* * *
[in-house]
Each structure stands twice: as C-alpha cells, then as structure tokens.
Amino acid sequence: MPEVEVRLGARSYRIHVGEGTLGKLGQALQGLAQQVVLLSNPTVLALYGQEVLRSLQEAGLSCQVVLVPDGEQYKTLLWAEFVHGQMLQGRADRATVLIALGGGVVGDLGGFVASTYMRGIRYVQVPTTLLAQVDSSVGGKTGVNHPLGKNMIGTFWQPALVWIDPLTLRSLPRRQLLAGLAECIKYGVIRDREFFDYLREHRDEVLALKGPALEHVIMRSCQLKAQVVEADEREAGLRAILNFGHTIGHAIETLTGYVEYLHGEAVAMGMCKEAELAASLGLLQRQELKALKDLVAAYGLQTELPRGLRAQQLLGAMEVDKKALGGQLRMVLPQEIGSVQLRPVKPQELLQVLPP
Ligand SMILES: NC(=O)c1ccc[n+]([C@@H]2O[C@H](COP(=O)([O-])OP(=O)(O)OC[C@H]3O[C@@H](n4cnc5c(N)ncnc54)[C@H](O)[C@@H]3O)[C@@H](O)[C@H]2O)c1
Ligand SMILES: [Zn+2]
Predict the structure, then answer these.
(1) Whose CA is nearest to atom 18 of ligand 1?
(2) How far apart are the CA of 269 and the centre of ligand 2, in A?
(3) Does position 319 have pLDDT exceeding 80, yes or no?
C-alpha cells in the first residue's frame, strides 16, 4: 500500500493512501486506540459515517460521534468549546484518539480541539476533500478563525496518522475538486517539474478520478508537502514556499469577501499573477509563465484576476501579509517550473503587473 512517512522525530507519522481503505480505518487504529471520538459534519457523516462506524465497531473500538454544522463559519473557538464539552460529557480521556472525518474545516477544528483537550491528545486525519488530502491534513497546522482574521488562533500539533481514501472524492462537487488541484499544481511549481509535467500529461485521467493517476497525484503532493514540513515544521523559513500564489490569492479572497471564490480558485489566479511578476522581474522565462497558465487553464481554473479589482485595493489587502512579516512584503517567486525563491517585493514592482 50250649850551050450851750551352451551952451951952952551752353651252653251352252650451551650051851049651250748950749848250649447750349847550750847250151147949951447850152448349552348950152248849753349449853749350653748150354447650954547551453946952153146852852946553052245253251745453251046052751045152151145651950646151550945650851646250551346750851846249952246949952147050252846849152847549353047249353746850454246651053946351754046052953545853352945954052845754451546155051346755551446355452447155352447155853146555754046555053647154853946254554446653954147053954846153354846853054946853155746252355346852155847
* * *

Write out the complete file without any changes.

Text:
[in-house]
Each structure stands twice: as C-alpha cells, then as structure tokens.
Amino acid sequence: MPEVEVRLGARSYRIHVGEGTLGKLGQALQGLAQQVVLLSNPTVLALYGQEVLRSLQEAGLSCQVVLVPDGEQYKTLLWAEFVHGQMLQGRADRATVLIALGGGVVGDLGGFVASTYMRGIRYVQVPTTLLAQVDSSVGGKTGVNHPLGKNMIGTFWQPALVWIDPLTLRSLPRRQLLAGLAECIKYGVIRDREFFDYLREHRDEVLALKGPALEHVIMRSCQLKAQVVEADEREAGLRAILNFGHTIGHAIETLTGYVEYLHGEAVAMGMCKEAELAASLGLLQRQELKALKDLVAAYGLQTELPRGLRAQQLLGAMEVDKKALGGQLRMVLPQEIGSVQLRPVKPQELLQVLPP
Ligand SMILES: NC(=O)c1ccc[n+]([C@@H]2O[C@H](COP(=O)([O-])OP(=O)(O)OC[C@H]3O[C@@H](n4cnc5c(N)ncnc54)[C@H](O)[C@@H]3O)[C@@H](O)[C@H]2O)c1
Ligand SMILES: [Zn+2]
Predict the structure, then answer these.
(1) Whose CA is nearest to atom 18 of ligand 1?
(2) How far apart are the CA of 269 and the centre of ligand 2, in A?
(3) Does position 319 have pLDDT exceeding 80, yes or no?
C-alpha cells in the first residue's frame, strides 16, 4: 500500500493512501486506540459515517460521534468549546484518539480541539476533500478563525496518522475538486517539474478520478508537502514556499469577501499573477509563465484576476501579509517550473503587473 512517512522525530507519522481503505480505518487504529471520538459534519457523516462506524465497531473500538454544522463559519473557538464539552460529557480521556472525518474545516477544528483537550491528545486525519488530502491534513497546522482574521488562533500539533481514501472524492462537487488541484499544481511549481509535467500529461485521467493517476497525484503532493514540513515544521523559513500564489490569492479572497471564490480558485489566479511578476522581474522565462497558465487553464481554473479589482485595493489587502512579516512584503517567486525563491517585493514592482 50250649850551050450851750551352451551952451951952952551752353651252653251352252650451551650051851049651250748950749848250649447750349847550750847250151147949951447850152448349552348950152248849753349449853749350653748150354447650954547551453946952153146852852946553052245253251745453251046052751045152151145651950646151550945650851646250551346750851846249952246949952147050252846849152847549353047249353746850454246651053946351754046052953545853352945954052845754451546155051346755551446355452447155352447155853146555754046555053647154853946254554446653954147053954846153354846853054946853155746252355346852155847